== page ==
# Flywheel storing kinetic energy

1. Nov 15, 2011

### QuarkCharmer

1. The problem statement, all variables and given/known data
There is a 2.30 m diameter flywheel, with a mass of 75.0 kg. For safety/structural (or whatever) reasons, the acceleration at a point on it's rim cannot exceed 3430 m/s^2.

What is the max KE that can be stored in the flywheel?

2. Relevant equations
$KE = \frac{1}{2}Iω^{2}$
$I = kmr^{2}$
The constant k, for a solid uniform disk is $\frac{1}{2}$

3. The attempt at a solution

$$KE = \frac{1}{4}(75.0)(1.15^{2})ω^{2}$$

I'm not sure how to go about getting this in terms of radial acceleration?

I was thinking that I could somehow use the relationship that linear acceleration (a) = radial acceleration (α) times the radius.
$$a = αr$$

But that is not panning out at all. Can someone give me some direction please?

Last edited: Nov 15, 2011
2. Nov 15, 2011

### LawrenceC

Hint: What causes a flywheel to fail? Flywheels are generally heavy so they do not accelerate angularly at a high rate. So what else is there?

3. Nov 15, 2011

### Delphi51

You need Fc = ma = mv²/r

4. Nov 15, 2011

### grzz

I think one can assume that the angular velocity is constant. Then a point on its rim will have no tangential acceleration but only centripetal acceleration.

Then one can use v = r x omega

5. Nov 15, 2011

### SteamKing

Staff Emeritus
Hint: What's the centripetal acceleration at the outer edge of the flywheel? There's a neat formula for it.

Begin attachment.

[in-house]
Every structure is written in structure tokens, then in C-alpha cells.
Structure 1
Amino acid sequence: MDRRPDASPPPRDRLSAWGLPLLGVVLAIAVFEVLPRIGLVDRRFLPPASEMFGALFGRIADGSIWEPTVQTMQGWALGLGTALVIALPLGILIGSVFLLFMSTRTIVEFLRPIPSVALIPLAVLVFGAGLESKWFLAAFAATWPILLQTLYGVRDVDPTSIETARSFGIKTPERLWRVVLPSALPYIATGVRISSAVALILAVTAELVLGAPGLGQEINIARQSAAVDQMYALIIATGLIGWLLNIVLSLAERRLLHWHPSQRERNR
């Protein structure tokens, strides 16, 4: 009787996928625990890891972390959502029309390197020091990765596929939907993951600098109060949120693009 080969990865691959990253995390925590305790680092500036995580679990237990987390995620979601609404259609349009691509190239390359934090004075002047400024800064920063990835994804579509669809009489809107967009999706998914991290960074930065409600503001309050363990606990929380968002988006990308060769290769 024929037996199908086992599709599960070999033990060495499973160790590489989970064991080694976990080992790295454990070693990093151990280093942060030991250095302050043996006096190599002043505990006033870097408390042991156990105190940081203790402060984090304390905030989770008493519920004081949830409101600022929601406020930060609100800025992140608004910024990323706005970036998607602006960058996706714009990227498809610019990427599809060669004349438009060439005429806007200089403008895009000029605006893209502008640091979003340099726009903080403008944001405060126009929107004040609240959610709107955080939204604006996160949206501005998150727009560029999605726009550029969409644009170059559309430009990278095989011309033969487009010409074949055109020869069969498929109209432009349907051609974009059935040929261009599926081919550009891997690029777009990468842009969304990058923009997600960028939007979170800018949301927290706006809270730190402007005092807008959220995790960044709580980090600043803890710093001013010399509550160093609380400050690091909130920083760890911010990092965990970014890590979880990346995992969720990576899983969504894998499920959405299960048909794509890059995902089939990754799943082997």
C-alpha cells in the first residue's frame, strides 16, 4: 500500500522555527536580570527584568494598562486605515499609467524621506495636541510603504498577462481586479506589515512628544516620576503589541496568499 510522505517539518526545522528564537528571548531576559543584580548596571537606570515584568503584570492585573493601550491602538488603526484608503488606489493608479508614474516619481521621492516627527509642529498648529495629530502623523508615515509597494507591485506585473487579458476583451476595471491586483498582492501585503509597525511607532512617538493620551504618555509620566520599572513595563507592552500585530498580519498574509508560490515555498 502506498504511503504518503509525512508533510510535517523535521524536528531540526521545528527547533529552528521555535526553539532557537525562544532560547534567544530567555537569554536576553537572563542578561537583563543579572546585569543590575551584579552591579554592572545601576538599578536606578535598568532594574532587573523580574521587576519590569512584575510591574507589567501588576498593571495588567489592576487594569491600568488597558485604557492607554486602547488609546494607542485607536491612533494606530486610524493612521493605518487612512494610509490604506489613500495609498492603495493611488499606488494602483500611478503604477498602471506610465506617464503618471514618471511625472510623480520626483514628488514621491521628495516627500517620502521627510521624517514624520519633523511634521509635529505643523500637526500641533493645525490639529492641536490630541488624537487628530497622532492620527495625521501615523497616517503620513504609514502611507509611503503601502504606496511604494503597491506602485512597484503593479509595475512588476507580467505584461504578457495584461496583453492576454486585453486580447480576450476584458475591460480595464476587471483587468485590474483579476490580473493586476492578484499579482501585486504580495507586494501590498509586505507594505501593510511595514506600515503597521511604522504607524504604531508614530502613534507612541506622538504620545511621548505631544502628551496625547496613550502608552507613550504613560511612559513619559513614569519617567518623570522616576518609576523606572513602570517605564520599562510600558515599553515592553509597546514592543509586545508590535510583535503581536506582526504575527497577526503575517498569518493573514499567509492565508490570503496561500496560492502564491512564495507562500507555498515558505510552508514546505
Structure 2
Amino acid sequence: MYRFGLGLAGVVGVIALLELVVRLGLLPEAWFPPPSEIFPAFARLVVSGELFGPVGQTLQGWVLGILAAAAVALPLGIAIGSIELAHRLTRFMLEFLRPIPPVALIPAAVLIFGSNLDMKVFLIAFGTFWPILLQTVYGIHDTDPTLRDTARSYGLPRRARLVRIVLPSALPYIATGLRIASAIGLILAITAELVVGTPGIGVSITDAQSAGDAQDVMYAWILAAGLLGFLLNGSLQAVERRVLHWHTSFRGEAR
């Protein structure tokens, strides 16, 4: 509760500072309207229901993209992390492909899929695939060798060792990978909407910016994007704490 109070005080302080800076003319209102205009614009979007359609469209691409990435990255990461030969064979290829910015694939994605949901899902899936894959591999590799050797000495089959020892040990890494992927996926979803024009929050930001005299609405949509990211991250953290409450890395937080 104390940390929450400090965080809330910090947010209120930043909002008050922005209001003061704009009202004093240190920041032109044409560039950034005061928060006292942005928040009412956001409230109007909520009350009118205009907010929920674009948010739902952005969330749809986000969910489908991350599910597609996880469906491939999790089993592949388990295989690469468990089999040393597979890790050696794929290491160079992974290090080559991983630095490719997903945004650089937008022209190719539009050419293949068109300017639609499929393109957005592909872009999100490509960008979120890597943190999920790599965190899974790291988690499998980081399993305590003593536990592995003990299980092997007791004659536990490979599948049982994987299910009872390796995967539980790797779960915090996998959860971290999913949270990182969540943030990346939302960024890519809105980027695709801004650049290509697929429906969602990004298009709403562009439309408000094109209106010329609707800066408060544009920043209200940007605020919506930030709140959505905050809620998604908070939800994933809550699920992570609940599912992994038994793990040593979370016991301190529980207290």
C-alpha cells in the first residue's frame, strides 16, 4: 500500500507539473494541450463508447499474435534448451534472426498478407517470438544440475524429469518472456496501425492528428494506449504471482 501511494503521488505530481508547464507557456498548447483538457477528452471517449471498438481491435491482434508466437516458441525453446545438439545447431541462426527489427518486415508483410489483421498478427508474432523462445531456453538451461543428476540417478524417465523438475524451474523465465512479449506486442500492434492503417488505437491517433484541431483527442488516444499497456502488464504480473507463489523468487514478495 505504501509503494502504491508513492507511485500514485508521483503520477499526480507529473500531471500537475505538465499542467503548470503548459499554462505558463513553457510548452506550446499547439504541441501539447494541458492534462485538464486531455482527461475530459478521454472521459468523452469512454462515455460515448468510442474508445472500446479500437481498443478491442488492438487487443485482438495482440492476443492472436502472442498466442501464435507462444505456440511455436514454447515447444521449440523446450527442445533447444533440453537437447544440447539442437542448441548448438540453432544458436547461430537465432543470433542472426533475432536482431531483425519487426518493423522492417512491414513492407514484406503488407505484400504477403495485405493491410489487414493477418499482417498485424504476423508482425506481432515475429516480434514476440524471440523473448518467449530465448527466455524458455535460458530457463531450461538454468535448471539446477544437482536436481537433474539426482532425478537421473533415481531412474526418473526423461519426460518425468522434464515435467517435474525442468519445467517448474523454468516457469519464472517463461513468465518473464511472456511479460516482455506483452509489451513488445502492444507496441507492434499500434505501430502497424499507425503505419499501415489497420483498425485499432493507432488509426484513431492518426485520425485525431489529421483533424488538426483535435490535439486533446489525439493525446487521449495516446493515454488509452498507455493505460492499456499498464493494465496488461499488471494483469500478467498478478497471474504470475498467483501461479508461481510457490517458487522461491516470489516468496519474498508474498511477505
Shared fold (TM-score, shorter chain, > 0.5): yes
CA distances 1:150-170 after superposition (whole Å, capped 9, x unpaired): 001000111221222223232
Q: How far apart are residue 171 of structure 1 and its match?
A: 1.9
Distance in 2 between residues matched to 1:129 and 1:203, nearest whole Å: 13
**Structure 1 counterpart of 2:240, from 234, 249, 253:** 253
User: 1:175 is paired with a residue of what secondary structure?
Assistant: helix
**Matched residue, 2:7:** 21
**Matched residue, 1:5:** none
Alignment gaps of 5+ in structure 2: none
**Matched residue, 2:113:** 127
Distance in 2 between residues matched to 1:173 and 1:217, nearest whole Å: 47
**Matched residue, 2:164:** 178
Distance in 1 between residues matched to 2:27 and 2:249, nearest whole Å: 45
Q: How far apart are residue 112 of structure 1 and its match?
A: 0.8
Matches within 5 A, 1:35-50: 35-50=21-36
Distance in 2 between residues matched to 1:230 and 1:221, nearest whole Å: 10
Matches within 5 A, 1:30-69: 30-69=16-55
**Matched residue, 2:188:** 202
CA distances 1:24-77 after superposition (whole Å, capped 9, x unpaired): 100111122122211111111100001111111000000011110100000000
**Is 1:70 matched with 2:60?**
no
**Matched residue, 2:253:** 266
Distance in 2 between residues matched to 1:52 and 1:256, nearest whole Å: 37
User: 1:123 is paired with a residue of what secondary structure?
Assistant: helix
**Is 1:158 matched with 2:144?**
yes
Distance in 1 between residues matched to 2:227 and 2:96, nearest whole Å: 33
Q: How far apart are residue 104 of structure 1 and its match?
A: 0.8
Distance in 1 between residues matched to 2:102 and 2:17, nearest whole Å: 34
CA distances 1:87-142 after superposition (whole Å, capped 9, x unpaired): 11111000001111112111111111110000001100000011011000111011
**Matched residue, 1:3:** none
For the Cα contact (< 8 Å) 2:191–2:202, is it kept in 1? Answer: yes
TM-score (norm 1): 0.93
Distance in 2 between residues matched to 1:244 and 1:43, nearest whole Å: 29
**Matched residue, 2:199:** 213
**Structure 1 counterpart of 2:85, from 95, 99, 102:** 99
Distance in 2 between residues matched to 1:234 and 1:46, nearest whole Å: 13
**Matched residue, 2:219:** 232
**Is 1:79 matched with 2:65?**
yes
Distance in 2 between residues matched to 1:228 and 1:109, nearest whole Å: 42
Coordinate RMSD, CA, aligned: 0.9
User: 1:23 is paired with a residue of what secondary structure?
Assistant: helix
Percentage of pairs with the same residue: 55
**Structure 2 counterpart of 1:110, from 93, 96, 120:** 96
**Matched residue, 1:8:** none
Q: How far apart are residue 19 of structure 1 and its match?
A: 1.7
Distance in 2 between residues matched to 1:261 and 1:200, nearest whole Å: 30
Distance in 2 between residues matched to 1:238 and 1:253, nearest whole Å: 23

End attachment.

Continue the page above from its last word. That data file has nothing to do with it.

6. Nov 15, 2011

### QuarkCharmer

I don't see how to use that in this situation. I don't know the centripital force, or the linear velocity, nor do I understand how to get the maximum kinetic energy out of the equation, or substitute that into the formula for the radial kinetic energy?

7. Nov 15, 2011

### LawrenceC

But you certainly know the maximum acceleration which is in what direction?

8. Nov 15, 2011

### QuarkCharmer

Oh, wait. The acceleration is in m/s^2, by "radial" they are talking about the centripital acceleration, not the "rotational acceleration (rad/s^2). So:

$$a_{c}=\frac{v^{2}}{r}$$
$$v = ωr$$
$$a_{c} = \frac{(ωr)^{2}}{r}$$
$$a_{c} = r(ω)^{2}$$
$$3430 = (1.15)ω^{2}$$
$$\frac{3430}{1.15} = ω^{2}$$
$$ω_{max} = 54.61$$

Now:

$KE_{max} = \frac{1}{2}Iω^{2}$
$KE_{max} = \frac{1}{2}I(54.61)^{2}$
$I = 0.5(75)(1.15)^{2} = 49.59375$

$KE_{max} = \frac{1}{2}(49.59375)(54.61)^{2}$

$KE_{max} = 73950.53$ J

Does that make sense?

9. Nov 15, 2011

### LawrenceC

What you did makes sense. I did not check your value for I but using your value for I in my equations, I get essentially the same answer.

Flywheels fail because the internal forces (which are due to centripital forces) cause stresses that exceed what the material can withstand.

10. Nov 15, 2011

### QuarkCharmer

Great, thanks! I am sure that my I value is correct, I pulled it from the tables.

Appreciate the help, I can't believe I didn't catch that they were not talking about rotational acceleration.